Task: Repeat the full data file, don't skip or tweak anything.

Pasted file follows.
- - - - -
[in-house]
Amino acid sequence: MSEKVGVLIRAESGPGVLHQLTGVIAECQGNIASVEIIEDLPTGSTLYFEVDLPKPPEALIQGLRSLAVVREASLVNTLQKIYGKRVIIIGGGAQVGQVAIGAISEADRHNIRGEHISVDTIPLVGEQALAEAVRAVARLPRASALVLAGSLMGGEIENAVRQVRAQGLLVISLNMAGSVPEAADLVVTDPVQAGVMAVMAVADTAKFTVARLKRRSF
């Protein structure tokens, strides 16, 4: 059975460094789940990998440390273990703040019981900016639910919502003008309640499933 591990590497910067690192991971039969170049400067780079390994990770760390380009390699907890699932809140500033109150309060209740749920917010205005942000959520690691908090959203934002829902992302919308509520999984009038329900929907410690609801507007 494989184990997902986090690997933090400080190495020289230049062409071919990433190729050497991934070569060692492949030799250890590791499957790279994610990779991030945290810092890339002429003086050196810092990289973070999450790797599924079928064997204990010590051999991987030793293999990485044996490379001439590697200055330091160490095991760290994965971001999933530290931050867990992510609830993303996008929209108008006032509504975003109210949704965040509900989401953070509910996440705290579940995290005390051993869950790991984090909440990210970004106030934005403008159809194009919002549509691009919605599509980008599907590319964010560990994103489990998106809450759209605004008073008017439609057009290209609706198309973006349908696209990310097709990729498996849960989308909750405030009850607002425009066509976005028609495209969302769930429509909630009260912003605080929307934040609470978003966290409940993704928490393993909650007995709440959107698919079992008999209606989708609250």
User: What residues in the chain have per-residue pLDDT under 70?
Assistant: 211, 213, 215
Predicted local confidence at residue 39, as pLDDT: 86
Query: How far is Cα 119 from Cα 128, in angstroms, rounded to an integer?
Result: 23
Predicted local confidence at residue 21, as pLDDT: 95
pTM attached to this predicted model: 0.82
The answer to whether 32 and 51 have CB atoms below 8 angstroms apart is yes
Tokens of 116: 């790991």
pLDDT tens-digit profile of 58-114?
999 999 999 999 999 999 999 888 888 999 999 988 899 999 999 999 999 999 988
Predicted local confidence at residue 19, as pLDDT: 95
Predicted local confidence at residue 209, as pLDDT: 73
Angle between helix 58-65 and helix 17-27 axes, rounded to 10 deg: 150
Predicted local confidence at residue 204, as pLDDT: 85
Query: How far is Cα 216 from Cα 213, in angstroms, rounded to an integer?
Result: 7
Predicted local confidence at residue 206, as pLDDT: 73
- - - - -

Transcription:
[in-house]
Amino acid sequence: MSEKVGVLIRAESGPGVLHQLTGVIAECQGNIASVEIIEDLPTGSTLYFEVDLPKPPEALIQGLRSLAVVREASLVNTLQKIYGKRVIIIGGGAQVGQVAIGAISEADRHNIRGEHISVDTIPLVGEQALAEAVRAVARLPRASALVLAGSLMGGEIENAVRQVRAQGLLVISLNMAGSVPEAADLVVTDPVQAGVMAVMAVADTAKFTVARLKRRSF
């Protein structure tokens, strides 16, 4: 059975460094789940990998440390273990703040019981900016639910919502003008309640499933 591990590497910067690192991971039969170049400067780079390994990770760390380009390699907890699932809140500033109150309060209740749920917010205005942000959520690691908090959203934002829902992302919308509520999984009038329900929907410690609801507007 494989184990997902986090690997933090400080190495020289230049062409071919990433190729050497991934070569060692492949030799250890590791499957790279994610990779991030945290810092890339002429003086050196810092990289973070999450790797599924079928064997204990010590051999991987030793293999990485044996490379001439590697200055330091160490095991760290994965971001999933530290931050867990992510609830993303996008929209108008006032509504975003109210949704965040509900989401953070509910996440705290579940995290005390051993869950790991984090909440990210970004106030934005403008159809194009919002549509691009919605599509980008599907590319964010560990994103489990998106809450759209605004008073008017439609057009290209609706198309973006349908696209990310097709990729498996849960989308909750405030009850607002425009066509976005028609495209969302769930429509909630009260912003605080929307934040609470978003966290409940993704928490393993909650007995709440959107698919079992008999209606989708609250």
User: What residues in the chain have per-residue pLDDT under 70?
Assistant: 211, 213, 215
Predicted local confidence at residue 39, as pLDDT: 86
Query: How far is Cα 119 from Cα 128, in angstroms, rounded to an integer?
Result: 23
Predicted local confidence at residue 21, as pLDDT: 95
pTM attached to this predicted model: 0.82
The answer to whether 32 and 51 have CB atoms below 8 angstroms apart is yes
Tokens of 116: 């790991």
pLDDT tens-digit profile of 58-114?
999 999 999 999 999 999 999 888 888 999 999 988 899 999 999 999 999 999 988
Predicted local confidence at residue 19, as pLDDT: 95
Predicted local confidence at residue 209, as pLDDT: 73
Angle between helix 58-65 and helix 17-27 axes, rounded to 10 deg: 150
Predicted local confidence at residue 204, as pLDDT: 85
Query: How far is Cα 216 from Cα 213, in angstroms, rounded to an integer?
Result: 7
Predicted local confidence at residue 206, as pLDDT: 73